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In mathematics the *n*th **central binomial coefficient** is the particular binomial coefficient

They are called central since they show up exactly in the middle of the even-numbered rows in Pascal's triangle. The first few central binomial coefficients starting at *n* = 0 are:

The central binomial coefficients represent the number of combinations of a set where there are an equal number of two types of objects.

For example, represents *AABB, ABAB, ABBA, BAAB, BABA, BBAA*.

They also represent the number of combinations of *A* and *B* where there are never more *B* 's than *A* 's.

For example, represents *AAAA, AAAB, AABA, AABB, ABAA, ABAB*.

The number of factors of *2* in is equal to the number of ones in the binary representation of *n*,^{[1]} so *1* is the only odd central binomial coefficient.

The ordinary generating function for the central binomial coefficients is

This can be proved using the binomial series and the relation

where is a generalized binomial coefficient.

The central binomial coefficients have exponential generating function

where

The generating function of the squares of the central binomial coefficients can be written in terms of the complete elliptic integral of the first kind:^{[citation needed]}

The Wallis product can be written using limits:

because .

Taking the square root of both sides gives the asymptote for the central binomial coefficient:

- .

The latter can also be established by means of Stirling's formula. On the other hand, it can also be used as a means to determine the constant in front of the Stirling formula.

Simple bounds that immediately follow from are

Some better bounds are

The closely related Catalan numbers *C*_{n} are given by:

A slight generalization of central binomial coefficients is to take them as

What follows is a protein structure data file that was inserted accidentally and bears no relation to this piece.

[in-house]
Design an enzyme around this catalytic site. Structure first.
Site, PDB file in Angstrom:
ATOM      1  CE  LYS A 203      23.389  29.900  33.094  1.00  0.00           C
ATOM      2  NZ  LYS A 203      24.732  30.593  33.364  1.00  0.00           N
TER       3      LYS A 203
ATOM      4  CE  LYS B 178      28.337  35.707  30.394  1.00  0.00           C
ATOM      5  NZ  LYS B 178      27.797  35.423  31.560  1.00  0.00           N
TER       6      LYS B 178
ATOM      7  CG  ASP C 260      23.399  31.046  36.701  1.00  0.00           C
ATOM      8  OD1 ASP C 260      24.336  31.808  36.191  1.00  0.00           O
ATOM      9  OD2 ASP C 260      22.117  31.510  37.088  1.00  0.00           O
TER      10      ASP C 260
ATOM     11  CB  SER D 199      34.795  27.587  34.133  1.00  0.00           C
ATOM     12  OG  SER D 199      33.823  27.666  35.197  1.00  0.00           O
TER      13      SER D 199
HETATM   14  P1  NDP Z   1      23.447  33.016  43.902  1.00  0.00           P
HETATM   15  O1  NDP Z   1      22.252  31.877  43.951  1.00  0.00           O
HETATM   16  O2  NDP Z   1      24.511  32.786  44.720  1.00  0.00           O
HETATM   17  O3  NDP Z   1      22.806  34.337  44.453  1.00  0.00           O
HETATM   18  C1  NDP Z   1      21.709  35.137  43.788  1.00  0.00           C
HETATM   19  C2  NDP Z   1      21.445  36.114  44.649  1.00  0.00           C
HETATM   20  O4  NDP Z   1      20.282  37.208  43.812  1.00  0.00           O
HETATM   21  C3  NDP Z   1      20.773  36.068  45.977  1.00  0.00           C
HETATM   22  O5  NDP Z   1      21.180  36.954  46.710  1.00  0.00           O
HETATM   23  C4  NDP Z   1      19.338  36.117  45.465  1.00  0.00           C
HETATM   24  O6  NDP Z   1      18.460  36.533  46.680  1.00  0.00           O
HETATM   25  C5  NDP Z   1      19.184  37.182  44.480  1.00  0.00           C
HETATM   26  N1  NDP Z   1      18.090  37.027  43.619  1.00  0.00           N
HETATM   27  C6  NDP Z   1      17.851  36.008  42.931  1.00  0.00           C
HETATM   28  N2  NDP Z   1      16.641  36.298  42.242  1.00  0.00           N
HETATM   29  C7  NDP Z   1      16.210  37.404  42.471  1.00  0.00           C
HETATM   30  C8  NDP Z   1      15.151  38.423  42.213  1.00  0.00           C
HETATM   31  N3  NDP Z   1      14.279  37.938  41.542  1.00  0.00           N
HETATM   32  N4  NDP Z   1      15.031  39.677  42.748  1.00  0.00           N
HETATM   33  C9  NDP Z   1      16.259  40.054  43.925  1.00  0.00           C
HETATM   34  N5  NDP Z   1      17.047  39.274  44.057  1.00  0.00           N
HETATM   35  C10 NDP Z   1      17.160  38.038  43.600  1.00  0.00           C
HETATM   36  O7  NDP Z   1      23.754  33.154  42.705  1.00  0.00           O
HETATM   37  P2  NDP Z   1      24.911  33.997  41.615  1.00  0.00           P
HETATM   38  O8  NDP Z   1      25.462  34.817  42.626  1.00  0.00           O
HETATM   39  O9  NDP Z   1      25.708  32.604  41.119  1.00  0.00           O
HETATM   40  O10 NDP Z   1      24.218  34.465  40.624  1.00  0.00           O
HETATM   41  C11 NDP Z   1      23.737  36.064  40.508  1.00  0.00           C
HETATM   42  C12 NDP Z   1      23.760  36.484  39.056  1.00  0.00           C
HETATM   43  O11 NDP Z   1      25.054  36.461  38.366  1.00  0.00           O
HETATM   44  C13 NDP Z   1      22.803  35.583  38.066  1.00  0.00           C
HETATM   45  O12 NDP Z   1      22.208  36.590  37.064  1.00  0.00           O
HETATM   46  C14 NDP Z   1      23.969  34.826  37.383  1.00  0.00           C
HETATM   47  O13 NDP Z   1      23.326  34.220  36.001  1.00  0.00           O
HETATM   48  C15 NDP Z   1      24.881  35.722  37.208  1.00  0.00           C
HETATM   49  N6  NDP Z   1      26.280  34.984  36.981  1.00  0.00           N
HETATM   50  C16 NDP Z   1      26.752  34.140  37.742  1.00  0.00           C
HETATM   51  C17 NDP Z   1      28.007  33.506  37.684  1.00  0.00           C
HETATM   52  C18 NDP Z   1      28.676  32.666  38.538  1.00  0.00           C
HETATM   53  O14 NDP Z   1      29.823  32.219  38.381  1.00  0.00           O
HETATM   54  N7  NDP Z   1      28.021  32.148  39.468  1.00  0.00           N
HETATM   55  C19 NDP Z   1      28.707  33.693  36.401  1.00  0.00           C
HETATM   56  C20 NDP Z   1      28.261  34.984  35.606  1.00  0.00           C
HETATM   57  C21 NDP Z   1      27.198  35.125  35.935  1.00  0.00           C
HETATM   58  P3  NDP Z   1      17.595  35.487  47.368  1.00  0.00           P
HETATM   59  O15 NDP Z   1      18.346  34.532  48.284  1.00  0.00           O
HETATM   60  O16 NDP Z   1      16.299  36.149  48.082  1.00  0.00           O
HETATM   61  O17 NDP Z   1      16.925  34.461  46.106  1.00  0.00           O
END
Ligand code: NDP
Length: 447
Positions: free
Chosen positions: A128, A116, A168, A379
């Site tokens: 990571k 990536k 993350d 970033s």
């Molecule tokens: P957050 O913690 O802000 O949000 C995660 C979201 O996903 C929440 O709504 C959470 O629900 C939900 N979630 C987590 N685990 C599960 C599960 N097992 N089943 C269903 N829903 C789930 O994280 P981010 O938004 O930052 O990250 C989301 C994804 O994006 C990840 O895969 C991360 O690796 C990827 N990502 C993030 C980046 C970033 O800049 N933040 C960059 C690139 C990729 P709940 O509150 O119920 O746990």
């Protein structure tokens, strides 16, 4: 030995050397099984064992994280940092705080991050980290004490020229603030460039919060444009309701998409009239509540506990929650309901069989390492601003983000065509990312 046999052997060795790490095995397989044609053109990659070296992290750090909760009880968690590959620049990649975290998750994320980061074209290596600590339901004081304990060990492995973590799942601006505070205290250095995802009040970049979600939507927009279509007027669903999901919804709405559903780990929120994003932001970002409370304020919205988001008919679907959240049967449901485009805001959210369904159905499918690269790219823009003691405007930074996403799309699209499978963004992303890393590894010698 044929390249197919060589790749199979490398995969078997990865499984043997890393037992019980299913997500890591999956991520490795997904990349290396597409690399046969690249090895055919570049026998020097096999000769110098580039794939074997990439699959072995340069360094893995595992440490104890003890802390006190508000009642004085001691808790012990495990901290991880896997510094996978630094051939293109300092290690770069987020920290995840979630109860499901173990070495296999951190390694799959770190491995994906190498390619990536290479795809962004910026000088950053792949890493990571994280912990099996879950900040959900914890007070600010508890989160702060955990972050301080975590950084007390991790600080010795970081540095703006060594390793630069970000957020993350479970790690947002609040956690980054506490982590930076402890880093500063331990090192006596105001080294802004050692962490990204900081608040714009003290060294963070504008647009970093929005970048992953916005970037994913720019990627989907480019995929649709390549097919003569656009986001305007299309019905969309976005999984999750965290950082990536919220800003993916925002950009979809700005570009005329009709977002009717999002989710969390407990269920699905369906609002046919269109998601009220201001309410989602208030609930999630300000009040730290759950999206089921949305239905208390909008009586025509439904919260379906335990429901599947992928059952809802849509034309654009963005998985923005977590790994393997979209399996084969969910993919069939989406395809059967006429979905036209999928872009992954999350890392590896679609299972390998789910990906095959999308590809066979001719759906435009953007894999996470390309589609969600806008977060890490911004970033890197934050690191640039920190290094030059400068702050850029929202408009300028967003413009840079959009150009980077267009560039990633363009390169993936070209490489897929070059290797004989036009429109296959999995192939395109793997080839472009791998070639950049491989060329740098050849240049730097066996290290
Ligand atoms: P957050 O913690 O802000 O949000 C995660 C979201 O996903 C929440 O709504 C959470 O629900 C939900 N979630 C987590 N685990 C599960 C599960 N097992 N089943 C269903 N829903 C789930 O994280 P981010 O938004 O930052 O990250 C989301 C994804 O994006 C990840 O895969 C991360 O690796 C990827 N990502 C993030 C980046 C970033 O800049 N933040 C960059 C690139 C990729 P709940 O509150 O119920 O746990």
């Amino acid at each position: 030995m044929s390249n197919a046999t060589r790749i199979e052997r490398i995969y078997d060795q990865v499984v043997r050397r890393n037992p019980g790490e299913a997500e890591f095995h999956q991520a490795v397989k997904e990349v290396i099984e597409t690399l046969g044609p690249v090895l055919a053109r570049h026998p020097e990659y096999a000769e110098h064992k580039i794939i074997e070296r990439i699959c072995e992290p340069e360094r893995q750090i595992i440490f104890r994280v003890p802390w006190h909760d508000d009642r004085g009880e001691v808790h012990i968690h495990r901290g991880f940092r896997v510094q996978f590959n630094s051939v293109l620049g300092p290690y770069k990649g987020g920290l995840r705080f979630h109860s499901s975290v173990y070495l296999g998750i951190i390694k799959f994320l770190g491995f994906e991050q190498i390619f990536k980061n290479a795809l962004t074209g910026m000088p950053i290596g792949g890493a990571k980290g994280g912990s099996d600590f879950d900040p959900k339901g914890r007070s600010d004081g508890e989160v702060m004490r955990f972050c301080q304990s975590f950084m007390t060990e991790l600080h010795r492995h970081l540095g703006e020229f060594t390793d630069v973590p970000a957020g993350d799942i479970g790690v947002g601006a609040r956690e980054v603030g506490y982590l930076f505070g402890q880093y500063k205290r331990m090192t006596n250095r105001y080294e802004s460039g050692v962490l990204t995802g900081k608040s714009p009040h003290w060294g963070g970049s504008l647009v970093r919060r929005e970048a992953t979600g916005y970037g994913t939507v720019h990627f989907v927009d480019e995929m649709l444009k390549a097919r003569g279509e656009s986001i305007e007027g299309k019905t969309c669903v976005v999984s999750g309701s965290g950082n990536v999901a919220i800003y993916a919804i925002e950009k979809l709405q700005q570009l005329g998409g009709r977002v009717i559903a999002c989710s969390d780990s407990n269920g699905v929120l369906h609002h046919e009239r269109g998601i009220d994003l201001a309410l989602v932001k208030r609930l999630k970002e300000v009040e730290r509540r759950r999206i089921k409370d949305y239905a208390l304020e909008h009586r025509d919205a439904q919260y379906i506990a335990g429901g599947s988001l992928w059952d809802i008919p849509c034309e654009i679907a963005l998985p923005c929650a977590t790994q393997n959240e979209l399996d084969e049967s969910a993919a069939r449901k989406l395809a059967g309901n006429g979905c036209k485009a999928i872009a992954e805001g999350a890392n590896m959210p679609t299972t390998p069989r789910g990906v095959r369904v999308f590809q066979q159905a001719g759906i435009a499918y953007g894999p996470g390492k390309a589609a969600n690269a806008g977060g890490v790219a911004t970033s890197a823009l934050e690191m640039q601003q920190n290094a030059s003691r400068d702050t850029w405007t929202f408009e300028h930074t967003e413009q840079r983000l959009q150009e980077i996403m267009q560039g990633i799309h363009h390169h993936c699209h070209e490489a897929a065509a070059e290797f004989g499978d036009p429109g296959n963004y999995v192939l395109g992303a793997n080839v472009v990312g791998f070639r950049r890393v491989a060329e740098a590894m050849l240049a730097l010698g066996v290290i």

, with appropriate real numbers *n*, where is the gamma function and is the beta function.

The powers of two that divide the central binomial coefficients are given by Gould's sequence, whose *n*th element is the number of odd integers in row *n* of Pascal's triangle.

Squaring the generating function gives

Comparing the coefficients of gives

Half the central binomial coefficient (for ) (sequence A001700 in the OEIS) is seen in Wolstenholme's theorem.

By the Erdős squarefree conjecture, proved in 1996, no central binomial coefficient with *n* > 4 is squarefree.

is the sum of the squares of the *n*-th row of Pascal's Triangle:^{[3]}

For example, .

Erdős uses central binomial coefficients extensively in his proof of Bertrand's postulate.

Another noteworthy fact is that the power of 2 dividing is exactly n.

**^**Sloane, N. J. A. (ed.). "Sequence A000120".*The On-Line Encyclopedia of Integer Sequences*. OEIS Foundation.**^**Stanley, Richard P. (2012),*Enumerative Combinatorics*,**1**(2 ed.), Cambridge University Press, Example 1.1.15, ISBN 978-1-107-60262-5- ^
^{a}^{b}Sloane, N. J. A. (ed.). "Sequence A000984 (Central binomial coefficients)".*The On-Line Encyclopedia of Integer Sequences*. OEIS Foundation.

- Koshy, Thomas (2008),
*Catalan Numbers with Applications*, Oxford University Press, ISBN 978-0-19533-454-8.

- Central binomial coefficient at PlanetMath.